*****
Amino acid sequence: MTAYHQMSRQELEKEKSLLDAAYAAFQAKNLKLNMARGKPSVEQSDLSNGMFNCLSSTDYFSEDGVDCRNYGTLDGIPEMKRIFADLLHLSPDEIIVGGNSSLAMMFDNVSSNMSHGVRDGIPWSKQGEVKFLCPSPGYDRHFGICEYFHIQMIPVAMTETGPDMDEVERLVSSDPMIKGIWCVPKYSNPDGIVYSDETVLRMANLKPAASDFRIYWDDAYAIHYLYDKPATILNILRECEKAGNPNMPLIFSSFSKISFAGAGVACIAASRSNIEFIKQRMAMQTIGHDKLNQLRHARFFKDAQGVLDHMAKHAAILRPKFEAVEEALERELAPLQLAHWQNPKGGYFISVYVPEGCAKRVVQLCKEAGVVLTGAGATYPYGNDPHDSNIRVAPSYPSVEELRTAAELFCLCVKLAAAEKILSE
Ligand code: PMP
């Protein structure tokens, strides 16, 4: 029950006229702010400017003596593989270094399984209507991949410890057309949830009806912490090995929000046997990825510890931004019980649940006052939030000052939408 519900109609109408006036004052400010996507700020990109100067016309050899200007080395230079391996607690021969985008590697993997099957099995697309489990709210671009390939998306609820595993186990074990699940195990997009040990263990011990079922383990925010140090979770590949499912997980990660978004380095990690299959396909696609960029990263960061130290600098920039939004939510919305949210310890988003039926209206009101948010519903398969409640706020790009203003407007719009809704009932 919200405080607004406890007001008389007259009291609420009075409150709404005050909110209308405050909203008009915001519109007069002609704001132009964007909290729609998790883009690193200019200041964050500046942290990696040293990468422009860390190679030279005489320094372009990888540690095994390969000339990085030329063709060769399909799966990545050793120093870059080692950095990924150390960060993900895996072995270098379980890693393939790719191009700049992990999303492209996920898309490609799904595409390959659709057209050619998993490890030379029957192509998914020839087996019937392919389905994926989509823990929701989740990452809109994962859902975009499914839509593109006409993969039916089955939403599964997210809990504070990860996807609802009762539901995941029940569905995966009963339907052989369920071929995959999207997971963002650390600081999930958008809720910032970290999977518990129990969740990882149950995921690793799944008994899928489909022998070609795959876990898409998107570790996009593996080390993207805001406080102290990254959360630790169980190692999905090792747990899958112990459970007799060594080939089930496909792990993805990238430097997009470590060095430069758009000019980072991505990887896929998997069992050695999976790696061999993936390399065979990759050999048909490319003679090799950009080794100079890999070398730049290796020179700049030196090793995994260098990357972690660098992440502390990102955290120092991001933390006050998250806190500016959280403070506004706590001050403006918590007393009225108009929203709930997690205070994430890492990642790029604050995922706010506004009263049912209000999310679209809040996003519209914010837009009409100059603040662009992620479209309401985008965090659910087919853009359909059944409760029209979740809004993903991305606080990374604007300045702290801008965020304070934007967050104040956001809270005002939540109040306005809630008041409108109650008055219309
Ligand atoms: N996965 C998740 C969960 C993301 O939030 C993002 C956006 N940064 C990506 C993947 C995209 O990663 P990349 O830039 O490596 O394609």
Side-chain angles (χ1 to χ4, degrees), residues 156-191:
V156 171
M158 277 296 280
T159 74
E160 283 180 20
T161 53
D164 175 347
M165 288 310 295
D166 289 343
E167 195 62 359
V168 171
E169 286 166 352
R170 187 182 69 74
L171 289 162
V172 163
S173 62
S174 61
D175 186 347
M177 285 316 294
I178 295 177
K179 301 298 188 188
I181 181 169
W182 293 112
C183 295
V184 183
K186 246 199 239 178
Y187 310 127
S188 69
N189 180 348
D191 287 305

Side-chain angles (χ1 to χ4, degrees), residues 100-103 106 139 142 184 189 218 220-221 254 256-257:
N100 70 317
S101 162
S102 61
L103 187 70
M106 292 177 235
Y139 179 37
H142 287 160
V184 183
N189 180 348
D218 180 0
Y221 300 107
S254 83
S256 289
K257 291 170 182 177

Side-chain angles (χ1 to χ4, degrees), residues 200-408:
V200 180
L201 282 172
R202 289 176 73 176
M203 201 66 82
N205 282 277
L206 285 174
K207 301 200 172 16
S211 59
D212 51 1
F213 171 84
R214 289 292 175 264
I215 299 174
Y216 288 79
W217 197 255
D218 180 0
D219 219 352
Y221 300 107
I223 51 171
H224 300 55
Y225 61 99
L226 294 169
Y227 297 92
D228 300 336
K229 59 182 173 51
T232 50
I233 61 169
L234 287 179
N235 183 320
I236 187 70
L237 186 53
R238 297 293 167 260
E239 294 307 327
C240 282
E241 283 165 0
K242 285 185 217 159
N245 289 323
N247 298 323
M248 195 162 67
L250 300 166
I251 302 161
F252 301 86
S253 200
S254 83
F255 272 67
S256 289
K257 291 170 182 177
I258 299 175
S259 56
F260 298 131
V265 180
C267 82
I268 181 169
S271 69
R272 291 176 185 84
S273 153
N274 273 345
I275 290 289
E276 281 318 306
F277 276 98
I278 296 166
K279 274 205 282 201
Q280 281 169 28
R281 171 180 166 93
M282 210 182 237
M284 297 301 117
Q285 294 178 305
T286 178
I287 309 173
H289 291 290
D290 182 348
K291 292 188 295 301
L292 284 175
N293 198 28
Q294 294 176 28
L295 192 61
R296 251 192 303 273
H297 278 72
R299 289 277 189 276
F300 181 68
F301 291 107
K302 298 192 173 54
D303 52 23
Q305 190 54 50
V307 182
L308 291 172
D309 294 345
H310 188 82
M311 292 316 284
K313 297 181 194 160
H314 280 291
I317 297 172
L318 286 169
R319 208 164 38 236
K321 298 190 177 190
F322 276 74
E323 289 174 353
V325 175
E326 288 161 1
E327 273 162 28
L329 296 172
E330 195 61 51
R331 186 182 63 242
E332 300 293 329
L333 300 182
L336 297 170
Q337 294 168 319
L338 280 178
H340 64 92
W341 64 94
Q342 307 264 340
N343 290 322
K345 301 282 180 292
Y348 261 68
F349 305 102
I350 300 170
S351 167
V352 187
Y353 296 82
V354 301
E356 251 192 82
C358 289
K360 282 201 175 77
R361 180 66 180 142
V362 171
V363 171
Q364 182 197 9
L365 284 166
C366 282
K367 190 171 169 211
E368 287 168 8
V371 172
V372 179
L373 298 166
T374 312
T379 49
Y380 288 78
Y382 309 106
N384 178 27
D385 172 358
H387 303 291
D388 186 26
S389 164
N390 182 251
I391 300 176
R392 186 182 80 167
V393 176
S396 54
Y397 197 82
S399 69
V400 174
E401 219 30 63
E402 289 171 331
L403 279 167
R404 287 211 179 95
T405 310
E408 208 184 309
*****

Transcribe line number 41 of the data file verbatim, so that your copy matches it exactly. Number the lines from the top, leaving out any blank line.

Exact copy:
Y139 179 37